I call this fruit droll, because eating five or six of these plays a trick on those who have never eaten them, placing them in great distress and fear of death, without there being in truth any danger in it; and as a man who has tried it, I will tell what happened to me the first time I ate these prickly pear cactuses: that in truth I would have given anything I had to find myself where I could be advised and confess my sins, and communicate spiritually and temporally what was advisable for the health of my soul and my person and to ask for a life-saving remedy, and it was in this way. In the year 1515, coming from the Mainland to this city of Santo Domingo, after I landed at the end of this island of Hispaniola, coming through the province of Jaragua in the company of pilot Andrés Niño and other companions, and since some of them were more experienced on this land than I and knew this fruit, they ate it willingly, there being a lot of it in the countryside. I started to keep them company in eating this delicacy, and I ate some of them, and they tasted very good; and when it was time to stop to eat, we got off the horses by a river, and I turned away to relieve myself and urinated a large quantity of real blood (or so it seemed to me), and I did not dare urinate as much as I could have or the need required, thinking that my life could end that way; because without a doubt I believed that all the veins of my body had broken and that all my blood had gone to my bladder, as a man without experience of this fruit and one who so little understood the composition and function of the veins, or the property of the prickly pear cactuses that I had eaten. And because I was left stunned and my color changed because of my fear, Andrés Niño (the pilot who later got lost in the South Sea in the discovery of Captain Gil González de Avila, as will be told in its place), who was a good man and my friend, came to me and mockingly said: “Sir, you are not looking good. How do you feel? Does something hurt?” And he said this so calmly and without distress that I believed that he, feeling sorry for my illness, was being truthful. I answered him thus: «Nothing hurts me; but I would give my horse and another four to be in Santo Domingo and near Licenciado Barreda, who is a great doctor; because without a doubt I must have broken all the veins in my body.” Having said this, he could no longer conceal his laughter, and because he saw me in such anguish (and in truth it was not a little), he replied laughing: “Sir, do not fear. The prickly pear cactus will make you think that, and when you urinate again, the urine will be less murky, and there will be nothing of this by the second or third time. You will have no need of the Licenciado Barreda you mentioned, nor will there be cause to give up the horses you offered.” I was comforted and partly cured, although not completely, until I saw that there were other frightened neophytes among the company who were going through the same ordeal. And little by little we saw through experience that Andres Niño was telling the truth; and I found myself as happy as if I had avoided one of the greatest dangers in this world, because I had never wanted to die with a reputation for gluttony or depravity: the truth was that there had been times when I had stopped eating, despite great need, so as not to eat some things that I have seen other men eat in these parts.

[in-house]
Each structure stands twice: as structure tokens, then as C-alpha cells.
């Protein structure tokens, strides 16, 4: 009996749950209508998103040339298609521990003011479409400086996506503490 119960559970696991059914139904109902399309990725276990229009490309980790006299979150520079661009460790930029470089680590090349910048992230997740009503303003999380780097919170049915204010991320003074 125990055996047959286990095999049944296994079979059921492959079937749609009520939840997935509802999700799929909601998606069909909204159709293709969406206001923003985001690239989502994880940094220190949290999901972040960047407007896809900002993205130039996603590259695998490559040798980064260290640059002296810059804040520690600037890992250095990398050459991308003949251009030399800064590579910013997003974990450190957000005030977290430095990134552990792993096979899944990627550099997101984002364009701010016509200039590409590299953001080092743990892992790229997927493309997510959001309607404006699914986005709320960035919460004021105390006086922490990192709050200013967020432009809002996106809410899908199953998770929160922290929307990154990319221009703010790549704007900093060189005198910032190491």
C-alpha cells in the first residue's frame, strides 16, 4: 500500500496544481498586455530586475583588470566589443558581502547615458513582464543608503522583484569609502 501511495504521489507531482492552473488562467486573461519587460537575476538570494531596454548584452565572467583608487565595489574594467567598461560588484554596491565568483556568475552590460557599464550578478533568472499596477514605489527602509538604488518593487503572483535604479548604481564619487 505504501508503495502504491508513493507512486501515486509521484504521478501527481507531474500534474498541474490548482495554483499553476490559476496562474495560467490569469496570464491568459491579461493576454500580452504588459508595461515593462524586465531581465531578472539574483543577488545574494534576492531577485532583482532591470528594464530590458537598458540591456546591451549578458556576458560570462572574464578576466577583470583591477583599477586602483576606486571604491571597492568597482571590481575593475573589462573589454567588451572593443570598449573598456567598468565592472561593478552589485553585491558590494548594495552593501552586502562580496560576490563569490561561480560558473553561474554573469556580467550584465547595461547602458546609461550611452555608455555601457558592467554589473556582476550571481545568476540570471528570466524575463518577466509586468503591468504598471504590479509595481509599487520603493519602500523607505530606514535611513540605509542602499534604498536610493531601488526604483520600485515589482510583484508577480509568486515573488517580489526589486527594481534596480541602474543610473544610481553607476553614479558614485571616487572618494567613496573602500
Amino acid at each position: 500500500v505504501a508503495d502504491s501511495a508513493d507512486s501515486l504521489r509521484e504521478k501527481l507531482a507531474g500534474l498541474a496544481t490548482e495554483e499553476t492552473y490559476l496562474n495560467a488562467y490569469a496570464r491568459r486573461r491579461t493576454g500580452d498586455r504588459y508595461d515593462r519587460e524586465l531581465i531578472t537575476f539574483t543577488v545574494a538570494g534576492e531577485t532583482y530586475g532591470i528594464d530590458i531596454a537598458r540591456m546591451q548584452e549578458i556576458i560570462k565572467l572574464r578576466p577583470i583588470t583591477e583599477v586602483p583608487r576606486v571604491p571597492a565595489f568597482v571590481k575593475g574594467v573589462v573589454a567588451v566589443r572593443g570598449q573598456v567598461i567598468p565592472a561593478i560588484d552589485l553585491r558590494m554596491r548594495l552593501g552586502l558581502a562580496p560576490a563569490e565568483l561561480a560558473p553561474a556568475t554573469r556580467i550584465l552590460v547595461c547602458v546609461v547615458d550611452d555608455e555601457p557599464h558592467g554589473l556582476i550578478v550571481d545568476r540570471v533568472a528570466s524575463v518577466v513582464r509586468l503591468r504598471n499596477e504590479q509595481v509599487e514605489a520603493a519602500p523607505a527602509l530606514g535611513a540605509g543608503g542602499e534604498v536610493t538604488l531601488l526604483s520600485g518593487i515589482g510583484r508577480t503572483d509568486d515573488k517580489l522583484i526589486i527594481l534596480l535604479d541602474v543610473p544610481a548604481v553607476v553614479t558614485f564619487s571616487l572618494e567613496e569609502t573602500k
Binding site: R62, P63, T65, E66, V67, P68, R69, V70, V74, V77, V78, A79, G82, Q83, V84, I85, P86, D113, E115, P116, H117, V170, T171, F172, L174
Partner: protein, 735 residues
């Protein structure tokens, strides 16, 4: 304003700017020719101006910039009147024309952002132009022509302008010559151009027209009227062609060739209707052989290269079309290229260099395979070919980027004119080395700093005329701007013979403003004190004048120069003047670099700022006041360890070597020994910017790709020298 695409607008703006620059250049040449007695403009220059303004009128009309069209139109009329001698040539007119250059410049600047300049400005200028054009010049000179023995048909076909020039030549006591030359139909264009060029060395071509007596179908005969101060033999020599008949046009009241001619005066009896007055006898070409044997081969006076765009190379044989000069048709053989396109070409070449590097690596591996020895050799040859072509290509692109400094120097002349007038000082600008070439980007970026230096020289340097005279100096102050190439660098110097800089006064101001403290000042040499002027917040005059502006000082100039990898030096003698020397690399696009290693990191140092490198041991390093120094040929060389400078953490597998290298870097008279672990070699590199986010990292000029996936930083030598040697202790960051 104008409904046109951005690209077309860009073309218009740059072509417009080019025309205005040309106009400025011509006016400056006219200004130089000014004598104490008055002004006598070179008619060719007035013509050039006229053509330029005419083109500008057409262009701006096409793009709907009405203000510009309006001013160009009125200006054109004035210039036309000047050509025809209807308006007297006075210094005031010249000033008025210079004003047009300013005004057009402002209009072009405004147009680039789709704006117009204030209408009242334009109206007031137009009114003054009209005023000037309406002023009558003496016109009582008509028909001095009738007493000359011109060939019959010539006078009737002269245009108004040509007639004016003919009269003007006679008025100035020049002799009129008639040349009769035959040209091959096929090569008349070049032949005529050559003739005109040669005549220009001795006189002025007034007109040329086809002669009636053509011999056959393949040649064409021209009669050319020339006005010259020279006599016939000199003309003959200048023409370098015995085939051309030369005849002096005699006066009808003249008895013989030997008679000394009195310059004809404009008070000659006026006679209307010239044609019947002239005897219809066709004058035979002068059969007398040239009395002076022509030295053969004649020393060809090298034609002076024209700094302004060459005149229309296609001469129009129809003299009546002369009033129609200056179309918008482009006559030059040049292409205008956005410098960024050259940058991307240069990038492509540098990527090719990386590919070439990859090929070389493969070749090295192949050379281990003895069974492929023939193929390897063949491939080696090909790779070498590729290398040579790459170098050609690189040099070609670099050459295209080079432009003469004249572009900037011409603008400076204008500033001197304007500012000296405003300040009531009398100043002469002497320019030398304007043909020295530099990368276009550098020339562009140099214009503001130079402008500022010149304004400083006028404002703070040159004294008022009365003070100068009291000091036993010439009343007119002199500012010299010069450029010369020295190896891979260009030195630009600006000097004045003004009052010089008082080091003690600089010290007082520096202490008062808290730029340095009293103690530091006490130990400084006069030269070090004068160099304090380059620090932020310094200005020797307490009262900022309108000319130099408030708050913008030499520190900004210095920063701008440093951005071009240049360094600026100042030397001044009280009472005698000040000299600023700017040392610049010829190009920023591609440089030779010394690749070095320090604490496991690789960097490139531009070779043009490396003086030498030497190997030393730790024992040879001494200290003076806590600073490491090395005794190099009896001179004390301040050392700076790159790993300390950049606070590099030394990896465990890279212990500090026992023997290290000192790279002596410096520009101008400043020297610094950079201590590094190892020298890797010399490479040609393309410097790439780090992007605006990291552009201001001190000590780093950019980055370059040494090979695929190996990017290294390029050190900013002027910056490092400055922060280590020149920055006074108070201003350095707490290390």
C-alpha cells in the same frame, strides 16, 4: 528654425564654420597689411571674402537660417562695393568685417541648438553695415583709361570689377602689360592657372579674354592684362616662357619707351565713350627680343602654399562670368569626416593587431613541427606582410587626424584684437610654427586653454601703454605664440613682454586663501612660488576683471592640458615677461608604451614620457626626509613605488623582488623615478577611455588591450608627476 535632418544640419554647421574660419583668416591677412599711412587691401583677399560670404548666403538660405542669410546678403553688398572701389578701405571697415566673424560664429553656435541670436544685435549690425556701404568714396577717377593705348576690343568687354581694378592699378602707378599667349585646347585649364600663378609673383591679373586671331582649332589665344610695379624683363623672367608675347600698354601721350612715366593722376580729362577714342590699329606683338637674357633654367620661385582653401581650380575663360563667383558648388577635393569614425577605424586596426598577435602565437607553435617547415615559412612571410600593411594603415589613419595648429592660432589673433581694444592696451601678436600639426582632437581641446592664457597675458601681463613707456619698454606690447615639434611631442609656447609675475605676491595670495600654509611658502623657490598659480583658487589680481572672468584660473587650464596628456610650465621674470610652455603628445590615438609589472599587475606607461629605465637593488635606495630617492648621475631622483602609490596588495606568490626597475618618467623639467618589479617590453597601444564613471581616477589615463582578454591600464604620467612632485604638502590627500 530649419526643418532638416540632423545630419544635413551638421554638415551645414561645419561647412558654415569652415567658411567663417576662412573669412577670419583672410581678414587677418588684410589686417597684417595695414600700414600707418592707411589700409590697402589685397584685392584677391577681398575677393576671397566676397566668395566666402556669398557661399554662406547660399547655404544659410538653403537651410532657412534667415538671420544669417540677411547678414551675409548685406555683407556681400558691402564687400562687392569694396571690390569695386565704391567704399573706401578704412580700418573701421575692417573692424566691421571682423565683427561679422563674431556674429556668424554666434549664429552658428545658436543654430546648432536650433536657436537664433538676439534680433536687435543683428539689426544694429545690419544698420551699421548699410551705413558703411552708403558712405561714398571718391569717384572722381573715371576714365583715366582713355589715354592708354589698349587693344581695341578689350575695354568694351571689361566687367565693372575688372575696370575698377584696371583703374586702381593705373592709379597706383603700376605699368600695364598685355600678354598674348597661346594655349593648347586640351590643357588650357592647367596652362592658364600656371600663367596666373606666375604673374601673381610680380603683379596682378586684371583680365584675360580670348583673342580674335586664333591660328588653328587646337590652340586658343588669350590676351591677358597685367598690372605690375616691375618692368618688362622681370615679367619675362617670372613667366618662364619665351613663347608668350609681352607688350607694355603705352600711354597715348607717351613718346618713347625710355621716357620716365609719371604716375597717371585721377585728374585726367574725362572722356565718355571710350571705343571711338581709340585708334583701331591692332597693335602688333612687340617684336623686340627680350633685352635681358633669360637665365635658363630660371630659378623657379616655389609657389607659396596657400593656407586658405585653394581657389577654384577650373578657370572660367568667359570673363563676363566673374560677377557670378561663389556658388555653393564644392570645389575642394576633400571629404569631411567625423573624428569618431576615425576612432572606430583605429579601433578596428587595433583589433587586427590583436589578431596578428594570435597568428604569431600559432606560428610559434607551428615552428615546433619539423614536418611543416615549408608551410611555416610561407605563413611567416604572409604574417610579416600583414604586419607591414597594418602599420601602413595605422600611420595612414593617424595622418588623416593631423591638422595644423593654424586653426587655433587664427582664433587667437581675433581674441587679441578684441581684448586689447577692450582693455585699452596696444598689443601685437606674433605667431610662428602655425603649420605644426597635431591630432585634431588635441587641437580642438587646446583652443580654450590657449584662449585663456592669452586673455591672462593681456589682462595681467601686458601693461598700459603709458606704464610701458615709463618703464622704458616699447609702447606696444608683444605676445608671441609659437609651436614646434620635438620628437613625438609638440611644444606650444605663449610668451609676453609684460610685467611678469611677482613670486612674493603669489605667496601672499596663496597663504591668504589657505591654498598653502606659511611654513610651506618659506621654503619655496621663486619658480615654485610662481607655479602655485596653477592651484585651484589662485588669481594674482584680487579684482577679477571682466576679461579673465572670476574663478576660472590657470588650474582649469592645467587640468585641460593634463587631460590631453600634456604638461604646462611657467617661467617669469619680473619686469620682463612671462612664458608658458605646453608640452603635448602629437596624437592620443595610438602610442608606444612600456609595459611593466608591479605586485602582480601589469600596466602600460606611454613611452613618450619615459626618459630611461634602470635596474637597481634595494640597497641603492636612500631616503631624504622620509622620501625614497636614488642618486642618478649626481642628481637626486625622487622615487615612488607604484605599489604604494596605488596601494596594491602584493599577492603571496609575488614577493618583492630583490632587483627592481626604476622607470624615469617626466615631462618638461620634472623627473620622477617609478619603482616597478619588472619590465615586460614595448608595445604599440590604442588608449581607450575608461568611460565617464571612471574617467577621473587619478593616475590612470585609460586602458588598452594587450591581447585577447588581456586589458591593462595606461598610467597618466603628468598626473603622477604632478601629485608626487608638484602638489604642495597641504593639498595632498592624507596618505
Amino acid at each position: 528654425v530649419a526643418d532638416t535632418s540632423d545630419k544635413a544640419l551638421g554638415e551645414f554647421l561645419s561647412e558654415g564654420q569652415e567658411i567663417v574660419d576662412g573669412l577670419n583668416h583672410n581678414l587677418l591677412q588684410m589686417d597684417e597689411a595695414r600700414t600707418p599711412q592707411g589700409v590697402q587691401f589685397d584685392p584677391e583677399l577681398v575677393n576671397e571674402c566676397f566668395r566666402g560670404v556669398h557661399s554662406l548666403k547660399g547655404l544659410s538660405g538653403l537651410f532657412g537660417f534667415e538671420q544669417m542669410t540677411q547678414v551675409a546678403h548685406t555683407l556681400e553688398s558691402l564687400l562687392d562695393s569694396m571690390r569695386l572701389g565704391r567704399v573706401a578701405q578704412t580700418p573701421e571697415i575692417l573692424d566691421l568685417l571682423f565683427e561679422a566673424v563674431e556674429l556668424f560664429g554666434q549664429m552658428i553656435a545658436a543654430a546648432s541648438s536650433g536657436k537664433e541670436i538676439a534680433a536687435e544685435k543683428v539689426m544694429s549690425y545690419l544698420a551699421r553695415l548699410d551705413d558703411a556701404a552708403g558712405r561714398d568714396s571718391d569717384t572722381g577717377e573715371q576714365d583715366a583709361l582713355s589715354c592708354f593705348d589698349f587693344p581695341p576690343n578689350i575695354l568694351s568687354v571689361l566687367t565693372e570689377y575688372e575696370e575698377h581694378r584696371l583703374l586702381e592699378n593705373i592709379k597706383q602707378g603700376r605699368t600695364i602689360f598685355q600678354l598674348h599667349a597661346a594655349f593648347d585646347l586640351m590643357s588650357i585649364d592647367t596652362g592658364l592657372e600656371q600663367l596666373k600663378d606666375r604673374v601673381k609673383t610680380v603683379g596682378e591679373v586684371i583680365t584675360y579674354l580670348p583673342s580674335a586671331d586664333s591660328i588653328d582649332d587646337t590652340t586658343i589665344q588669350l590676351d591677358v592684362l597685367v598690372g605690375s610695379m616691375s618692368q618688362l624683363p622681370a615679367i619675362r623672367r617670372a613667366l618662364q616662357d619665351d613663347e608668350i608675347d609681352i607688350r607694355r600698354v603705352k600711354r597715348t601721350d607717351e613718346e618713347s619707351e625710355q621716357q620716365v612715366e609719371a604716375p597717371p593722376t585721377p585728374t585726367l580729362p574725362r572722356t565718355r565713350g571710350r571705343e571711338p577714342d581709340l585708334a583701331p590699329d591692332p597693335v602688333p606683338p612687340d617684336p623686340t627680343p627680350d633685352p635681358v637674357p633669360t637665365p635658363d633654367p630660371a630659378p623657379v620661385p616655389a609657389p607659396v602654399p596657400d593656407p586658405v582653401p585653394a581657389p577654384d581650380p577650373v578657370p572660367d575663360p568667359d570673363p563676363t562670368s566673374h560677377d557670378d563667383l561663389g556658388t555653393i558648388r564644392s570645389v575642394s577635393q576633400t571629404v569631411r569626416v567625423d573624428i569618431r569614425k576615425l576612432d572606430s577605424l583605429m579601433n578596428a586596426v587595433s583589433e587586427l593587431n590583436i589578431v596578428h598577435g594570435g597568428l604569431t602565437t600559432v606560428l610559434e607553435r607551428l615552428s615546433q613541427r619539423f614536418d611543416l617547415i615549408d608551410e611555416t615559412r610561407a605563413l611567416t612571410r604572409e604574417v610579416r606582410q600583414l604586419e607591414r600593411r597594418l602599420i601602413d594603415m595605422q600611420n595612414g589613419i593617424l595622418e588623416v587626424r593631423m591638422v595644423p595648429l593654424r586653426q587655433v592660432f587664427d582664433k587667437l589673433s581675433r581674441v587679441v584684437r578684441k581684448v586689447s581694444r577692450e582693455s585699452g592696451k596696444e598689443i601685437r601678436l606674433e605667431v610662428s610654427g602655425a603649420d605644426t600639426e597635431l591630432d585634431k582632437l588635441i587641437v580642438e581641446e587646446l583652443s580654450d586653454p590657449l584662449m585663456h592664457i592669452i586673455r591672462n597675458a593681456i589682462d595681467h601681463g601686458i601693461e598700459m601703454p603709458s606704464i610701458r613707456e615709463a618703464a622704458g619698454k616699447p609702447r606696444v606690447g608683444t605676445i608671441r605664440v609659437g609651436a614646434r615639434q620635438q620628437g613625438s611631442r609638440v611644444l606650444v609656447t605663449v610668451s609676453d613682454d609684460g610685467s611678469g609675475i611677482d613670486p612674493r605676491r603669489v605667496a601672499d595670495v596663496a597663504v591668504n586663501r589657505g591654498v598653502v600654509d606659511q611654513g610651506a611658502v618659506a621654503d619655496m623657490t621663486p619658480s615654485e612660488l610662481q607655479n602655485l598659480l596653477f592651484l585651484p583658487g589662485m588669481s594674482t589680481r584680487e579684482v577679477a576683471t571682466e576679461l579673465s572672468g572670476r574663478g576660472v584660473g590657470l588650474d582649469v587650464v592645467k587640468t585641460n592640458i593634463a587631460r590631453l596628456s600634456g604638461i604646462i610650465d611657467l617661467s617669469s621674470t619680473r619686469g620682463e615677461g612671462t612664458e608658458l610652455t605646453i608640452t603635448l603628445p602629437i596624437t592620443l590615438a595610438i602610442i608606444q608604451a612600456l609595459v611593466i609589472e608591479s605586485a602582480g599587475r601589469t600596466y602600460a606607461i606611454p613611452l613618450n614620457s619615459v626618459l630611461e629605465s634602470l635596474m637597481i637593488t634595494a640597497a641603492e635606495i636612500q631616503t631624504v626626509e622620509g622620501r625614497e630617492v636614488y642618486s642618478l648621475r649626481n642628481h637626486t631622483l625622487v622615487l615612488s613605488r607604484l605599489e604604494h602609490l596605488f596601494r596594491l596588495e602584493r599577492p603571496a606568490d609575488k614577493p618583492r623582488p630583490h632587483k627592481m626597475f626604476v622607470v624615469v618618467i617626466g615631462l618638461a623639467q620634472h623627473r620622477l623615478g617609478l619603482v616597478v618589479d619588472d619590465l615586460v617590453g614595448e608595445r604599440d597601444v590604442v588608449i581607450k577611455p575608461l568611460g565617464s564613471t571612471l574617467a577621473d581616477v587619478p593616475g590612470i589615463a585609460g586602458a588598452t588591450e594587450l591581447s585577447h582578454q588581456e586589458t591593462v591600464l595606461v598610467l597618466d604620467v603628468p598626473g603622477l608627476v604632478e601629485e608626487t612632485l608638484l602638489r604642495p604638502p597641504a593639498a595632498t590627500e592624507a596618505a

So, going back to our purpose, the joke and the fruit can bring great mirth and no little fright for those who have had no experience with the fruit of the prickly pear cactuses, of which the fields in many parts of this island are full; and in this city they use these cactuses to fence the animal pens and orchards of houses. And they do not stop producing their fruit on the garden walls, first bearing some yellow flowers and then the prickly pears, and they take root like grass, they are much worse than the buckthorns of Spain, with more bitter thorns. In the other islands of San Juan, Cuba, and Jamaica I have also seen these prickly pears or thistles, as well as in other islands, and they are common in these Indies. The leaves are green, the thorns are brown, and the fruit is as I have mentioned. When it is eaten, the juice of this fruit dyes lips and hands, as the blackberries of Castile usually do, and it takes so long for that color to go away, even much longer than the ink of the blackberries. This fruit and even the thistle that bears it is called comoho in the province of Venezuela, and when peeled it is like a blackberry: its flavor is good, and in that land the Indians make wine from this fruit; but this comoho is more flavorful than the fruit of the prickly pear cactuses, and, as I said, they belong to the same lineage as these prickly pear cactuses, except that they are smaller and taste better. And the wine mentioned is red, the color of that made from red grapes.
 Lámina 3, figura 11.
Image retrieved from John Carter Brown Library at Brown University.